Police cars crash too. In fact, the nature of police and other emergency work may lead to higher-than-average accident rates.

By Barett Poley


Orillia, Ontario -- December 8, 2016 -- What happens when a police cruiser is in a collision, or a local ambulance is involved in a crash? Emergency vehicles have a far higher chance of becoming damaged in a collision than a passenger vehicle does, due to the high-risk nature of the work they do. Before they go back on the road, they need to be up to standard.

According to Sgt. Peter Leon with the Ontario Provincial Police (OPP), the process is just as external as it is internal.

“First off we send the vehicle to Fleet, Supply and Weapons, and they estimate the damage, alongside the age and mileage of the vehicle to see if it’s worth replacing.” This depot is located in Orillia, Ontario. This is similiar to the process used to determine if a regular vehicle is a total loss. If it’s a brand new Ford Police Interceptor with a few hundred kilometers on the odometer, it will likely be repaired. An aging Crown Vic that's seen a lot of action may be better off decommissioned. 

Police auctions typically see many such vehicles, either decommissioned thanks to high mileage, or cars that wouldn’t be a write-off if they were passenger vehicles, but are too damaged to warrant repairing them for police work. 

“It’s sent through whichever branch it’s from to a local collision shop," says Sgt. Leon. The vehicles are repaired mostly by local autobody facilities, but they need to follow a strict set of guidelines. 

Police vehicles are kept in good order, and this applies to the body and finish just as much as the mechanical parts. Public perception is extremely important to police work. A battered and dented cruiser won't project the solid and professional appearance that police officers need when dealing with the public.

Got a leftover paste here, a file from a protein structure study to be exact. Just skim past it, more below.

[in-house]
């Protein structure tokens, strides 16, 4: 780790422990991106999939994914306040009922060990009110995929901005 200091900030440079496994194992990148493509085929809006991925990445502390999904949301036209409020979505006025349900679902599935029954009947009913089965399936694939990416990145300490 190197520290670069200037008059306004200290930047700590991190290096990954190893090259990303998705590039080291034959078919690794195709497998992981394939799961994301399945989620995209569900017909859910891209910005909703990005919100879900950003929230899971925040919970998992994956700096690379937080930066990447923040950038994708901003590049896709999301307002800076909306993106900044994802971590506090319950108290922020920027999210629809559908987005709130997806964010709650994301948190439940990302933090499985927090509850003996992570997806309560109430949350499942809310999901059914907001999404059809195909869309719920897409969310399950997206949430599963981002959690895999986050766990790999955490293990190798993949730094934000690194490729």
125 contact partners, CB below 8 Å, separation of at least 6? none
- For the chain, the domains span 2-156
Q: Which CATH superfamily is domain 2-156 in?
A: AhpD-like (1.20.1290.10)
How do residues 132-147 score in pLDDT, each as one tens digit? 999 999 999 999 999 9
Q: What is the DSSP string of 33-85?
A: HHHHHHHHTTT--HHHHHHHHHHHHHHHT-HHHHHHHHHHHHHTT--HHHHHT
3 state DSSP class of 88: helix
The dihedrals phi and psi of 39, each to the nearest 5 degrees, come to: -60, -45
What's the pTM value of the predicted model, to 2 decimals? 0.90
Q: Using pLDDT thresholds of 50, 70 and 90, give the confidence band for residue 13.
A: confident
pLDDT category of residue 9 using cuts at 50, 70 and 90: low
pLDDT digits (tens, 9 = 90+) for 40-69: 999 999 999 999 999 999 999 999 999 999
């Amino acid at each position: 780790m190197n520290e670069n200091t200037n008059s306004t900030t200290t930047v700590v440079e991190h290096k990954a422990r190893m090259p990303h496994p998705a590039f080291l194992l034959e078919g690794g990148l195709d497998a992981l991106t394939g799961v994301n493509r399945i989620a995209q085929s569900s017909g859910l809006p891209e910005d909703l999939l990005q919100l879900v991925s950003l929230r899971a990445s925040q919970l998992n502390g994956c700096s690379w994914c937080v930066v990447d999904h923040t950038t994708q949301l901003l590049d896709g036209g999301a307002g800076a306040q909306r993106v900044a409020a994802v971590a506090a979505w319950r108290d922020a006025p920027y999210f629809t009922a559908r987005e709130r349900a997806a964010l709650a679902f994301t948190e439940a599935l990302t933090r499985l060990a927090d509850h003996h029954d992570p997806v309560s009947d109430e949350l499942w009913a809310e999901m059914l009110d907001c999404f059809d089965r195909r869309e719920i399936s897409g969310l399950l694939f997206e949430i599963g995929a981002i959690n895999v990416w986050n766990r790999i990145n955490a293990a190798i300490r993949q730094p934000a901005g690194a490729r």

Ambulances, on the other hand, are often left unrepaired in the cases of small dings and scratches, as their public image is less important than the fact that they get there swiftly and accurately. Still, like police cruisers from the OPP, their vehicles are sent out to local collision repair shops. This helps to both support the local economy and helps to ensure the vehicles are back on the road as soon as possible. 

Fred Kylie is a technician at Fix Auto Peterborough. He used to work with ambulances quite frequently, and says working on the emergency vehicles is business as usual, with a few twists. 

“Well, there are specialty parts to take into consideration. Emergency vehicles have special lights and body panels, but really it’s not so different than working on any other vehicle,” says Kylie. Finding OEM parts isn’t that much of a hassle either, despite the relative rarity of purpose-built ambulances. “Usually if it’s a specialty vehicle each body panel will have a sticker saying where it was made, so we can call up the manufacturer and get exactly the part we need,” he says.

City police forces, however, often do things a little bit differently. For example, the Toronto Metropolitan police actually have an internal fleet management system in place, which includes repairs and maintenance. Watch for more in a special report in the next issue of Collision Repair magazine! 

 

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